MIT scientists have developed with NASA’s help a flying wing whose light and robust structure can be deformed to improve flight performance.
Surprisingly, aeronautics research is sometimes inspired by the past. Thus, until the beginning of the First World War, aircraft did not have fins as roll control to turn. The flight control cables simply twisted the wings to tilt the aircraft left or right and turn. The structures, supple and at the same time robust, consisted of wood and canvas. These wings without fins used the technique known as “warping.” It is also with this type of orders that Blériot managed to cross the Channel, in 1909, on his Bleriot XI.
Today, researchers at MIT and NASA have jointly developed an aircraft wing that exploits this same torsion system to change the trajectory of the aircraft and especially optimize flight performance. More fins and more shutters change the wing profile at low speed and avoid stall near the ground. Better still, the fuselage disappears in favor of a flying wing profile. Often operated by military aircraft, such as the Northrop B-2 Spirit bomber, this type of aircraft form combines the assets. The flying wing has the best performance associated with a weak radar signature. Its only major fault is its relative instability during certain phases of the flight. This concern would be solved precisely with the innovation developed by the researchers.
A prototype of five meters long
With their concept, in all phases of flight, the wing would be more effective by adjusting its shape according to angles of attack. In any case, this was demonstrated by the wind tunnel tests at the NASA Research Center in Langley, Virginia. The results were even beyond the expectations of the researchers.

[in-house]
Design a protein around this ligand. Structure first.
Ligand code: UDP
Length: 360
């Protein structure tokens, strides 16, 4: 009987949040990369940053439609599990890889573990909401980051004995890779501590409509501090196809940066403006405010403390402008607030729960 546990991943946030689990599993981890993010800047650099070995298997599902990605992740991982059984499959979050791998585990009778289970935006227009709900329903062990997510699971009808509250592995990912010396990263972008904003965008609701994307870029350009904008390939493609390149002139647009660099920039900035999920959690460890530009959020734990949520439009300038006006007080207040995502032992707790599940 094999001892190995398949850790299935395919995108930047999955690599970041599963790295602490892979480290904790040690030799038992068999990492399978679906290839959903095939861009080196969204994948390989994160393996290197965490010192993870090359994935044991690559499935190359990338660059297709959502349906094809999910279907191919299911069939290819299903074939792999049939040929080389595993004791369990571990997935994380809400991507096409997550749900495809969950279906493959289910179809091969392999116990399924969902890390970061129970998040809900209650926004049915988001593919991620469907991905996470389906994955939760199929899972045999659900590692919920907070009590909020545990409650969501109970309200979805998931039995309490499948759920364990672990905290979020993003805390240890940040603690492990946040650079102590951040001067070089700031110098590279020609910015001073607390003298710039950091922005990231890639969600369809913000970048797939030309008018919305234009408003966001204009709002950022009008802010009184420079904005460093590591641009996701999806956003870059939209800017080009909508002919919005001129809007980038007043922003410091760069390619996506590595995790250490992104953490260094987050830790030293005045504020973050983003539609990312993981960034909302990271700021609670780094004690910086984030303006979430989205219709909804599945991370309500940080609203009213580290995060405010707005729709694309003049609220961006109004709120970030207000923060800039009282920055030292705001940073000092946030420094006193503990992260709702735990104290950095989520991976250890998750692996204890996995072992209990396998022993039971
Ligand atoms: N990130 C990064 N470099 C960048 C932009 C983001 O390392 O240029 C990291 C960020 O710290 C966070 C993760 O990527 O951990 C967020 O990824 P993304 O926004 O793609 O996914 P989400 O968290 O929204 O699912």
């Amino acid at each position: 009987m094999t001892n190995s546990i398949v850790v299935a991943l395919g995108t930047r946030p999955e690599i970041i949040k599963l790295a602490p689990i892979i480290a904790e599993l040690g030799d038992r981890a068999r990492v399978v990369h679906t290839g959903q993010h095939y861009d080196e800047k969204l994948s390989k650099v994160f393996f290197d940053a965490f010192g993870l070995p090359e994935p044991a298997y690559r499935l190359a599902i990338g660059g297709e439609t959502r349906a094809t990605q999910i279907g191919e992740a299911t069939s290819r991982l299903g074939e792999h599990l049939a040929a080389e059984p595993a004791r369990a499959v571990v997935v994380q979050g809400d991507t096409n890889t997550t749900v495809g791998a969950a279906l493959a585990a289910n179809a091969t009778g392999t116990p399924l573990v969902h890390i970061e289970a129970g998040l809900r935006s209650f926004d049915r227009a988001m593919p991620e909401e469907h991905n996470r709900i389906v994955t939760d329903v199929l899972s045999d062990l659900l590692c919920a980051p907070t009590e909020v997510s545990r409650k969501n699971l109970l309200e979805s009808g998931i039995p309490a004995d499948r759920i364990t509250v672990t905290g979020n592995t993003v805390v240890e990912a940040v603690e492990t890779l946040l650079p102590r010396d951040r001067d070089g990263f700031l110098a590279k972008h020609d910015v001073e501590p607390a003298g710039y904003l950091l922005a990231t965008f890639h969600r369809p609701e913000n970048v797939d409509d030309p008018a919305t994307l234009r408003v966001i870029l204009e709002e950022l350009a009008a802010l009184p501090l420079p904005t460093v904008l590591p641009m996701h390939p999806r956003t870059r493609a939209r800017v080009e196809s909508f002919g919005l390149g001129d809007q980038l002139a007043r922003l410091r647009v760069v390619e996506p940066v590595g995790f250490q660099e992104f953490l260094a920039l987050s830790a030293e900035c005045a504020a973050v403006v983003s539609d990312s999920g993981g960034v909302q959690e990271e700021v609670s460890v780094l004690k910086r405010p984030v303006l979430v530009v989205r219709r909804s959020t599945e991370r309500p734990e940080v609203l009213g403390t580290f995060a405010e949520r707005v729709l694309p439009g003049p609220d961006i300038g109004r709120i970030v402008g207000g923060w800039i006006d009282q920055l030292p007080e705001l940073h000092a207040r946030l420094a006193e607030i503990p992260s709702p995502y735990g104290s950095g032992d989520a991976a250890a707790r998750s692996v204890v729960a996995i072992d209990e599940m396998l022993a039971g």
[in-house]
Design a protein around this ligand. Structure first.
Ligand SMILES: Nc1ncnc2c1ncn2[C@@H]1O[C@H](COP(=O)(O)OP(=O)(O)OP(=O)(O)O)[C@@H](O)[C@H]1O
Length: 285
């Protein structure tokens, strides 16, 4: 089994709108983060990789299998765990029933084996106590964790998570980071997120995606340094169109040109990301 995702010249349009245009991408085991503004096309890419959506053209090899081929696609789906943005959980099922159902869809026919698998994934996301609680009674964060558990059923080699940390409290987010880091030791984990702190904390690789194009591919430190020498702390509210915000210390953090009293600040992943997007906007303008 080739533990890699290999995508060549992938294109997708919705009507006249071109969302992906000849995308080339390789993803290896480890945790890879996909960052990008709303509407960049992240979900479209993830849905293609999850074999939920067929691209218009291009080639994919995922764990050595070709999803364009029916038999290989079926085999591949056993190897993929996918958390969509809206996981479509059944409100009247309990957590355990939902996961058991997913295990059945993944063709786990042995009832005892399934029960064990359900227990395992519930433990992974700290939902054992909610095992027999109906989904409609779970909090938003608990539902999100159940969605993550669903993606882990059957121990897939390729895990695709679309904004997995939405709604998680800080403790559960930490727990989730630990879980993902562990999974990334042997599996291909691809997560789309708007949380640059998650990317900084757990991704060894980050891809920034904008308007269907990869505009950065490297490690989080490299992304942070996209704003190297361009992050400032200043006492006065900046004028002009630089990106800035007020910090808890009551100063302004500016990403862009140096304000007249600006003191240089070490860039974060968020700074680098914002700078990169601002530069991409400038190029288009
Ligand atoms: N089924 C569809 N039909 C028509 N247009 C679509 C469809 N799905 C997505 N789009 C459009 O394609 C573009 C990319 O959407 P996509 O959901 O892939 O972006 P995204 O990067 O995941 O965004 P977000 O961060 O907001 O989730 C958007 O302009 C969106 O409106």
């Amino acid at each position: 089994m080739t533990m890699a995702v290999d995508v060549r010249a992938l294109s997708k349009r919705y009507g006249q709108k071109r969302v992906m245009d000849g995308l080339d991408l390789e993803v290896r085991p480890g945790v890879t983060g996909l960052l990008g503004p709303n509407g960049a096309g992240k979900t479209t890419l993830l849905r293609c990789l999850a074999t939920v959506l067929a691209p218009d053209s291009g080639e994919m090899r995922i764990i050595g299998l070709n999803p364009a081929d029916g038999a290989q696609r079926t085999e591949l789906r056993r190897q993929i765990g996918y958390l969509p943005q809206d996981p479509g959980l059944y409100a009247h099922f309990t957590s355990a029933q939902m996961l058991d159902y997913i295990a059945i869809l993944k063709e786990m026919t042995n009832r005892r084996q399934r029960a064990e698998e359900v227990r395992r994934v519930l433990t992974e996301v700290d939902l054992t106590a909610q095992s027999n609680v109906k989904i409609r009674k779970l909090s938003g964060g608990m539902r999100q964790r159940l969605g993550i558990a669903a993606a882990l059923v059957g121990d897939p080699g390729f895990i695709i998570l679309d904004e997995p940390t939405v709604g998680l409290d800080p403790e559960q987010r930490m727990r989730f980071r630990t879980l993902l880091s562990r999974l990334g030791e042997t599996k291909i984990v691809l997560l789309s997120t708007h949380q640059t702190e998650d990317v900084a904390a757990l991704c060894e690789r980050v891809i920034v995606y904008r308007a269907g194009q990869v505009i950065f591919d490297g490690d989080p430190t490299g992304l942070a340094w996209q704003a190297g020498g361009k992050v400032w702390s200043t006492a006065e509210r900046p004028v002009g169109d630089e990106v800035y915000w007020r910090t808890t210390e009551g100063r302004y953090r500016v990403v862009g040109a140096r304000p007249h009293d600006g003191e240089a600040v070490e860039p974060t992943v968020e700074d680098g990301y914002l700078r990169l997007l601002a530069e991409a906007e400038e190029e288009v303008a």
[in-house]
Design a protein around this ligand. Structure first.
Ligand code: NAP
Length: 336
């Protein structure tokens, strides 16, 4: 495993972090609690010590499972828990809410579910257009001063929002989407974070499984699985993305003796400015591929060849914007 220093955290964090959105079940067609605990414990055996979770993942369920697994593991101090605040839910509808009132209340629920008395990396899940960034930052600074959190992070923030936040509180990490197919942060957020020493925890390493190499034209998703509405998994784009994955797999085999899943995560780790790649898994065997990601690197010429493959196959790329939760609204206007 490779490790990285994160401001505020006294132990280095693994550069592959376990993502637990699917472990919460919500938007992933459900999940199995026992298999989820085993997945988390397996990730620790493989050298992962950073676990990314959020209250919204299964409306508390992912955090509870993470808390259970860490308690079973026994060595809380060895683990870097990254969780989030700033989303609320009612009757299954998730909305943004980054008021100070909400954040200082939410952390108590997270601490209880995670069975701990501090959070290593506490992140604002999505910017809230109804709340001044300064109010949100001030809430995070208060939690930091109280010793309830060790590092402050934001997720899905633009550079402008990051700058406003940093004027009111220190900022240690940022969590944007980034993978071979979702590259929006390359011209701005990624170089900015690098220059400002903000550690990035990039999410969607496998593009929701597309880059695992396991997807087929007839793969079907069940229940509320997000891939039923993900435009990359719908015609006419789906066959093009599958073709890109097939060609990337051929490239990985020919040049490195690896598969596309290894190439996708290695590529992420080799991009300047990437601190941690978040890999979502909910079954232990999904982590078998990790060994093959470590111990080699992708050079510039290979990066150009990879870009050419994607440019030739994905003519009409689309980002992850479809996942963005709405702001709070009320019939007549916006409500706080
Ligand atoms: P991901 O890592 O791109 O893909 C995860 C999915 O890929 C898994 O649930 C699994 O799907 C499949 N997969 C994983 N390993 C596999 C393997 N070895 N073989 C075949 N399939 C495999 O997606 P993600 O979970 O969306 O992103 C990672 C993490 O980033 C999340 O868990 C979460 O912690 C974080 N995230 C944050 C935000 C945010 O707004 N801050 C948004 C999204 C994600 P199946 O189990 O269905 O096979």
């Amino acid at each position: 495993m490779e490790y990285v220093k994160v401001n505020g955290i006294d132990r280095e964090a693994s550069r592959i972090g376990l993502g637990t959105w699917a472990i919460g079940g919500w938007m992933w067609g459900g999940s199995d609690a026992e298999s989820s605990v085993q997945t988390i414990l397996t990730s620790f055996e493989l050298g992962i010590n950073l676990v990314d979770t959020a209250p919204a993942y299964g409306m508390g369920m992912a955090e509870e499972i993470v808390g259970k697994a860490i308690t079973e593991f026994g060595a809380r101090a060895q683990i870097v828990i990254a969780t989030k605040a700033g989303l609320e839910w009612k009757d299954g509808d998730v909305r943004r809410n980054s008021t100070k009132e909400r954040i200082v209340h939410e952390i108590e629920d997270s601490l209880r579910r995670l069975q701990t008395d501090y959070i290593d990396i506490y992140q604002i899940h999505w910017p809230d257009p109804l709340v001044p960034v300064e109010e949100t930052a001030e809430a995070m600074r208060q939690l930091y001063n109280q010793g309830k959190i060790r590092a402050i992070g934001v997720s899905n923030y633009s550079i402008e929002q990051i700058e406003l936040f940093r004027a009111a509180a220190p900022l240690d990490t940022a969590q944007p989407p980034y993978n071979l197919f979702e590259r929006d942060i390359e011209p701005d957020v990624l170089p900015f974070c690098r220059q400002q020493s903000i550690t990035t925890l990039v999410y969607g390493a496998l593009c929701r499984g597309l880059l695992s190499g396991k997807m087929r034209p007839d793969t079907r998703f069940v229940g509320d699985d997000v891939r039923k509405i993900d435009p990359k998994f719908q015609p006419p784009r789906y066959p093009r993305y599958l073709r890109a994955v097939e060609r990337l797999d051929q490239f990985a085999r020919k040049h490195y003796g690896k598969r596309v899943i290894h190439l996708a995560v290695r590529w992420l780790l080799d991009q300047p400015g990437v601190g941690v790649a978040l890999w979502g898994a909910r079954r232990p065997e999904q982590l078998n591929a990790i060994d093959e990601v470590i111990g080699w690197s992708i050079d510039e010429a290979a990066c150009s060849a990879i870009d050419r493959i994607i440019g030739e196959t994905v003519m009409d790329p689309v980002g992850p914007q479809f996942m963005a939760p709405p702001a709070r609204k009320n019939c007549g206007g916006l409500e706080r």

The structure of the wing is made of trellis to ensure deformation without fear of stresses that can degrade the wing. It is a very thin polymer material that covers the wing to stiffen it. With this material, the surface would look like rubber . The set would be much lighter, with a ratio of 5.6 kg per cubic meter, when the rubber reaches a ratio of 1.500 kg per cubic meter. Being lighter, the wing would be much more efficient and would spend much less energy than the most efficient materials available today.
Where modern technology improves the old warping process is that these deformations can automatically adjust the profile of the wing according to angles of attack and constraints. The researchers are not at their first attempt. A few years ago, they had already designed a one-meter long wing based on this same principle. Today, the wing in question this time measures five meters and can be tested on a powerful wind tunnel. Researchers believe that instead of designing this wing by hand, it could be made by small robots autonomously. It must be said that the assembly of the structure from small triangles is rather repetitive. This is the new project that this team of researchers wants to undertake.
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